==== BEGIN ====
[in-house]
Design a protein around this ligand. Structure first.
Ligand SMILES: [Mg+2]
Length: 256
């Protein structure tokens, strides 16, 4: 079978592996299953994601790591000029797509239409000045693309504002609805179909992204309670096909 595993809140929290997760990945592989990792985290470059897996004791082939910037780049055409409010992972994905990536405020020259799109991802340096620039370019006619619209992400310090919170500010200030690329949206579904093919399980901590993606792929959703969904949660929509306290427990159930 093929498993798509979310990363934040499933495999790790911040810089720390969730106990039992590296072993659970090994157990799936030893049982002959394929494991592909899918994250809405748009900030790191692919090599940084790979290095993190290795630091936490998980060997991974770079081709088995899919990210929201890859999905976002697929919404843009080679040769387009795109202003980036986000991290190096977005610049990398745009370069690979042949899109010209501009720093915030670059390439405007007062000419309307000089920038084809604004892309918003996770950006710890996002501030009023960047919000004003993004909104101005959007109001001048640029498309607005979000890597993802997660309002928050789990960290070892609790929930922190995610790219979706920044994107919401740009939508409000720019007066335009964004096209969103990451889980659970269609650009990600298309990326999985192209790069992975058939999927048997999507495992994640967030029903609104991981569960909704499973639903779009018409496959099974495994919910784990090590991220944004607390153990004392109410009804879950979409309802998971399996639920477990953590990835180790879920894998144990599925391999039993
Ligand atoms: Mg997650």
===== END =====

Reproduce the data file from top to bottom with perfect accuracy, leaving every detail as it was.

[in-house]
Design a protein around this ligand. Structure first.
Ligand SMILES: [Mg+2]
Length: 256
């Protein structure tokens, strides 16, 4: 079978592996299953994601790591000029797509239409000045693309504002609805179909992204309670096909 595993809140929290997760990945592989990792985290470059897996004791082939910037780049055409409010992972994905990536405020020259799109991802340096620039370019006619619209992400310090919170500010200030690329949206579904093919399980901590993606792929959703969904949660929509306290427990159930 093929498993798509979310990363934040499933495999790790911040810089720390969730106990039992590296072993659970090994157990799936030893049982002959394929494991592909899918994250809405748009900030790191692919090599940084790979290095993190290795630091936490998980060997991974770079081709088995899919990210929201890859999905976002697929919404843009080679040769387009795109202003980036986000991290190096977005610049990398745009370069690979042949899109010209501009720093915030670059390439405007007062000419309307000089920038084809604004892309918003996770950006710890996002501030009023960047919000004003993004909104101005959007109001001048640029498309607005979000890597993802997660309002928050789990960290070892609790929930922190995610790219979706920044994107919401740009939508409000720019007066335009964004096209969103990451889980659970269609650009990600298309990326999985192209790069992975058939999927048997999507495992994640967030029903609104991981569960909704499973639903779009018409496959099974495994919910784990090590991220944004607390153990004392109410009804879950979409309802998971399996639920477990953590990835180790879920894998144990599925391999039993
Ligand atoms: Mg997650």